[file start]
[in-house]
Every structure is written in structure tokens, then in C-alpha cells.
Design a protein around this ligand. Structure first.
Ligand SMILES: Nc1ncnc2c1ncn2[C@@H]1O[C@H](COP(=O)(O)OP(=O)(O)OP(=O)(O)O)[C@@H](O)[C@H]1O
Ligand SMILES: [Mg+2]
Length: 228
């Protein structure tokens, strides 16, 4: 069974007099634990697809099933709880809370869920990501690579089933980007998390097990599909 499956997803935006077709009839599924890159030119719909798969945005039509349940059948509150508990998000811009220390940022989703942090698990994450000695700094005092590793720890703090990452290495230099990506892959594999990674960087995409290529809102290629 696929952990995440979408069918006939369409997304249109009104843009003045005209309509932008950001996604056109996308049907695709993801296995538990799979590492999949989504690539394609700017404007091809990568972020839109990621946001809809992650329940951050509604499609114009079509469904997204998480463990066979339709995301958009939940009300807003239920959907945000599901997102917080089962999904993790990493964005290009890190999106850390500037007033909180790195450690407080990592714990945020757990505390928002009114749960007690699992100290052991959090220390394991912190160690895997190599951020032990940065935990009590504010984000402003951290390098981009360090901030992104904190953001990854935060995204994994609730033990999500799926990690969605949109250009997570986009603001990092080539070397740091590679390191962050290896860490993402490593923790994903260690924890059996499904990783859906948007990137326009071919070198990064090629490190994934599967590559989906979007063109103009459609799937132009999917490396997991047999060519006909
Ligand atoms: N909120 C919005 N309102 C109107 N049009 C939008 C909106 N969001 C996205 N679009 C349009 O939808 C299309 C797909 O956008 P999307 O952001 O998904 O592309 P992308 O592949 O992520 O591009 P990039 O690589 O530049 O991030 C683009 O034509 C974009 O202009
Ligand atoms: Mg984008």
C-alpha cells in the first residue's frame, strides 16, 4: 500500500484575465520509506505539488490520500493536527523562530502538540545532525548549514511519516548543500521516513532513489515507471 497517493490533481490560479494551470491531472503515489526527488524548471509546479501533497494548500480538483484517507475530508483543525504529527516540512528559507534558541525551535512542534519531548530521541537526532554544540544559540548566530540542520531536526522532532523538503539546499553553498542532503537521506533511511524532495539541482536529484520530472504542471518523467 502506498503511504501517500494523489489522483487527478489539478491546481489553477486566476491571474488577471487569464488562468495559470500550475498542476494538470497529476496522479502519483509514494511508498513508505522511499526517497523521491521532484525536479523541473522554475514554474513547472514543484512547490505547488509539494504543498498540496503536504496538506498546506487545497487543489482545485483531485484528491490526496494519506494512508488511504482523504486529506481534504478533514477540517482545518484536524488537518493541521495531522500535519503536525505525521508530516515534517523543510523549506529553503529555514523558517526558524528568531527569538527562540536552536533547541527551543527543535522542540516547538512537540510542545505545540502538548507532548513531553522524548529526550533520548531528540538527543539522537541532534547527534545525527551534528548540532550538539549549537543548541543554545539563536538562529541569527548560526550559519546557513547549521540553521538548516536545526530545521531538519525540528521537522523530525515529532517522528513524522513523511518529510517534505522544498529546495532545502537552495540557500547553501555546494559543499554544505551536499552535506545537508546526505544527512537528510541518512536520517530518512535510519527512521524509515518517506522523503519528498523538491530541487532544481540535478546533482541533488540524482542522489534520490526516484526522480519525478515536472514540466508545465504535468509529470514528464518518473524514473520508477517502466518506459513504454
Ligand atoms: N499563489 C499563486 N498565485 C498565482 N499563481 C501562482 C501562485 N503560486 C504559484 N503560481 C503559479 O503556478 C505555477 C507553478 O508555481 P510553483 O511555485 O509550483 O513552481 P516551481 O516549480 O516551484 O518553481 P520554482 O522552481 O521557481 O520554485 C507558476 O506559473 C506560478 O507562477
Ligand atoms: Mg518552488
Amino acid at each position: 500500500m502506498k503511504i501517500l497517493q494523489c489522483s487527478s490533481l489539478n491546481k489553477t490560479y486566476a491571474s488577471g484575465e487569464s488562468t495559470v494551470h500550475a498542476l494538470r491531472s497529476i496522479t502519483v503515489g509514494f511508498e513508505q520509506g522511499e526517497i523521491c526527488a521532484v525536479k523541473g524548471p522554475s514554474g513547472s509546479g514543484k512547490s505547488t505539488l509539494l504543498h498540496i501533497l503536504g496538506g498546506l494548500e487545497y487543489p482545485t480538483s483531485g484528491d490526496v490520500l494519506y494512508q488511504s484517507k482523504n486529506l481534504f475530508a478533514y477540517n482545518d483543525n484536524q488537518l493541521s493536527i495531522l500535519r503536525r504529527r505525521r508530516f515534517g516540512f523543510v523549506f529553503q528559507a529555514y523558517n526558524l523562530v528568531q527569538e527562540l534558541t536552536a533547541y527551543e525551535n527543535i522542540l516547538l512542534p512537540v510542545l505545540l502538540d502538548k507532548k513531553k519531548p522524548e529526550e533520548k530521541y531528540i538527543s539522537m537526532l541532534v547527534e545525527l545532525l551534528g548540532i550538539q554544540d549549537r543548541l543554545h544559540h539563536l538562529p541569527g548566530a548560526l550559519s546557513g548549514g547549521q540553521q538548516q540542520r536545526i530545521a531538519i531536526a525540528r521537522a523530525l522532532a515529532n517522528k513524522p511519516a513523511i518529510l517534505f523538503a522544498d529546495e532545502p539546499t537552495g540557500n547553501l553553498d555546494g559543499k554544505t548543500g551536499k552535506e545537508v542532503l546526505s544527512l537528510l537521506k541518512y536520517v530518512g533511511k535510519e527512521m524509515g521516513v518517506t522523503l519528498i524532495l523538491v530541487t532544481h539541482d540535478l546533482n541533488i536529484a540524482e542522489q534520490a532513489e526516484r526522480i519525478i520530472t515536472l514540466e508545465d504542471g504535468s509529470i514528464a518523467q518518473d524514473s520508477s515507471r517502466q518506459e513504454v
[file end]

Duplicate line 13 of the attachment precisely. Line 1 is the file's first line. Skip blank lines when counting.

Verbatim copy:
Amino acid at each position: 500500500m502506498k503511504i501517500l497517493q494523489c489522483s487527478s490533481l489539478n491546481k489553477t490560479y486566476a491571474s488577471g484575465e487569464s488562468t495559470v494551470h500550475a498542476l494538470r491531472s497529476i496522479t502519483v503515489g509514494f511508498e513508505q520509506g522511499e526517497i523521491c526527488a521532484v525536479k523541473g524548471p522554475s514554474g513547472s509546479g514543484k512547490s505547488t505539488l509539494l504543498h498540496i501533497l503536504g496538506g498546506l494548500e487545497y487543489p482545485t480538483s483531485g484528491d490526496v490520500l494519506y494512508q488511504s484517507k482523504n486529506l481534504f475530508a478533514y477540517n482545518d483543525n484536524q488537518l493541521s493536527i495531522l500535519r503536525r504529527r505525521r508530516f515534517g516540512f523543510v523549506f529553503q528559507a529555514y523558517n526558524l523562530v528568531q527569538e527562540l534558541t536552536a533547541y527551543e525551535n527543535i522542540l516547538l512542534p512537540v510542545l505545540l502538540d502538548k507532548k513531553k519531548p522524548e529526550e533520548k530521541y531528540i538527543s539522537m537526532l541532534v547527534e545525527l545532525l551534528g548540532i550538539q554544540d549549537r543548541l543554545h544559540h539563536l538562529p541569527g548566530a548560526l550559519s546557513g548549514g547549521q540553521q538548516q540542520r536545526i530545521a531538519i531536526a525540528r521537522a523530525l522532532a515529532n517522528k513524522p511519516a513523511i518529510l517534505f523538503a522544498d529546495e532545502p539546499t537552495g540557500n547553501l553553498d555546494g559543499k554544505t548543500g551536499k552535506e545537508v542532503l546526505s544527512l537528510l537521506k541518512y536520517v530518512g533511511k535510519e527512521m524509515g521516513v518517506t522523503l519528498i524532495l523538491v530541487t532544481h539541482d540535478l546533482n541533488i536529484a540524482e542522489q534520490a532513489e526516484r526522480i519525478i520530472t515536472l514540466e508545465d504542471g504535468s509529470i514528464a518523467q518518473d524514473s520508477s515507471r517502466q518506459e513504454v